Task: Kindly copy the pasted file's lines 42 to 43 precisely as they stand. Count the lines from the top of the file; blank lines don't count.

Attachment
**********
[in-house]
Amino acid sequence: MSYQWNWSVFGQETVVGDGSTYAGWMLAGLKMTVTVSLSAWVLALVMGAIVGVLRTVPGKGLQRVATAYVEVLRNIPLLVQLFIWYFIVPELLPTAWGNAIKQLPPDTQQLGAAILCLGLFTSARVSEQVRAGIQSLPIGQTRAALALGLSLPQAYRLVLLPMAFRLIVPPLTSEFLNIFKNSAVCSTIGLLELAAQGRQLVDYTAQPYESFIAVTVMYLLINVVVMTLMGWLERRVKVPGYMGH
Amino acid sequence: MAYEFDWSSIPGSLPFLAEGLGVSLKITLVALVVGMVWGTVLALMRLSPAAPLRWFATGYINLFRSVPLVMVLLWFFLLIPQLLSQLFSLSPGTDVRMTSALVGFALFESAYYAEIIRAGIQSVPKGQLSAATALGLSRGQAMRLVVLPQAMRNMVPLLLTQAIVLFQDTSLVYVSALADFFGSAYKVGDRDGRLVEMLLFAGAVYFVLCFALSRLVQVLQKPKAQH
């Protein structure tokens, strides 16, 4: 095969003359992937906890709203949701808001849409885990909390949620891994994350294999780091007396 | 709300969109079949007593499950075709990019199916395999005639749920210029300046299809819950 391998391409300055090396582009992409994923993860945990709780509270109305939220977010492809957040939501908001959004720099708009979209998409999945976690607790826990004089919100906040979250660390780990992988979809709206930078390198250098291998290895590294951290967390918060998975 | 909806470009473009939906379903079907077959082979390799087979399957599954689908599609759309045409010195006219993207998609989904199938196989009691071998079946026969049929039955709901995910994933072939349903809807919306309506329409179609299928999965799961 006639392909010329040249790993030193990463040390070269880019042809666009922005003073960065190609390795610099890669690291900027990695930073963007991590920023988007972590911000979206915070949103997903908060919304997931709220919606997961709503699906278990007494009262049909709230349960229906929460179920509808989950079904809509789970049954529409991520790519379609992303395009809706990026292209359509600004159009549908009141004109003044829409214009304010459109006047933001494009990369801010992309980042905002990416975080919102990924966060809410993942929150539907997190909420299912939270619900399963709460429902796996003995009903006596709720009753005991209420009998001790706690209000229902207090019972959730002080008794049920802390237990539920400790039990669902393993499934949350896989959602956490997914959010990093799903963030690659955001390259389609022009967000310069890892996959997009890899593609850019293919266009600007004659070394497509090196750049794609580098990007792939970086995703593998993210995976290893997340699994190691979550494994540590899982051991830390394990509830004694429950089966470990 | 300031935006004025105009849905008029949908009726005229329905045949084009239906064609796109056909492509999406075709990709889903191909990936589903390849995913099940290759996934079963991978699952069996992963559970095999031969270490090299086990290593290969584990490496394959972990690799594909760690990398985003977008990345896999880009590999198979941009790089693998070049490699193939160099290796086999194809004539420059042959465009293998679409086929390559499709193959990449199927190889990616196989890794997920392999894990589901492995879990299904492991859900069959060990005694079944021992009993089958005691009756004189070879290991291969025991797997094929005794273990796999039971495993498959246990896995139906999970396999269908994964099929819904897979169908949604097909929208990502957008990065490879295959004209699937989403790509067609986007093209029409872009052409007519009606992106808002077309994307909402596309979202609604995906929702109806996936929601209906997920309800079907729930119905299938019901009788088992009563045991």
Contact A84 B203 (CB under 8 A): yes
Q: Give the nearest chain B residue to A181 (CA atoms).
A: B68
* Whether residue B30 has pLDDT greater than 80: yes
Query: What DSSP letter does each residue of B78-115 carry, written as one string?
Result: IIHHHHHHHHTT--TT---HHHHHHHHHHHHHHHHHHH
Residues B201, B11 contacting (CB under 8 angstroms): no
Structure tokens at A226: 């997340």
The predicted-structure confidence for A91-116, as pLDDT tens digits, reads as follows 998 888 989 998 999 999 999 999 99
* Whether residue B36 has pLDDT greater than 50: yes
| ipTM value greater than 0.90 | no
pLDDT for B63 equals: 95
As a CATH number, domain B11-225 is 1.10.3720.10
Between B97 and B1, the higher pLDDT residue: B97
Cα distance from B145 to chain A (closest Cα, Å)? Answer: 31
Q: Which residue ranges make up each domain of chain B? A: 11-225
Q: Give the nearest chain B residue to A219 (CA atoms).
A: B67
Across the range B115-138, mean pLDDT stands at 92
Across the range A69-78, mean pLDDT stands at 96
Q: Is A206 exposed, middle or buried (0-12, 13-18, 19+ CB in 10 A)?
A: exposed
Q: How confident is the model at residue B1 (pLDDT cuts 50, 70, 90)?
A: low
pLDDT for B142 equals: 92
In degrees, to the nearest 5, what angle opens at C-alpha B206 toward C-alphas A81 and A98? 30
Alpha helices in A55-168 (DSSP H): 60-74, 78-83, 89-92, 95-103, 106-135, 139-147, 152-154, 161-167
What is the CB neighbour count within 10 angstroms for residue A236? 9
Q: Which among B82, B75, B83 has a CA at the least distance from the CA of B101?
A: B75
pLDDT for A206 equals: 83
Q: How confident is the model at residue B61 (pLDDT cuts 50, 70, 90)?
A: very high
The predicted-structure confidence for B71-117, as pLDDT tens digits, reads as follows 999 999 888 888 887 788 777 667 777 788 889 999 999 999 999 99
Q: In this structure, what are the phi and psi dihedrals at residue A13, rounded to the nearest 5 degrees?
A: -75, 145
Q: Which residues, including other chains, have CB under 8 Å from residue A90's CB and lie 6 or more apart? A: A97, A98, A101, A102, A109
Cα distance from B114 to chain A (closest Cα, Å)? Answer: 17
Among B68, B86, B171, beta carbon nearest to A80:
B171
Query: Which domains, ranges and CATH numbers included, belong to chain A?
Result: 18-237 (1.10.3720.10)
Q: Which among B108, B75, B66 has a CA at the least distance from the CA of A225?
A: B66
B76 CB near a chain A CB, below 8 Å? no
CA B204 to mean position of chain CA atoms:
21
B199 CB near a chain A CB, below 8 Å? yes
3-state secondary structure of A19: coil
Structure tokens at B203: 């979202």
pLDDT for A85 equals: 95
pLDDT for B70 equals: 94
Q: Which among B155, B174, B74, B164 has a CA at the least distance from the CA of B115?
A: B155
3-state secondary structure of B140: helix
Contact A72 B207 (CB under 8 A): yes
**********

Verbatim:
Cα distance from B114 to chain A (closest Cα, Å)? Answer: 17
Among B68, B86, B171, beta carbon nearest to A80: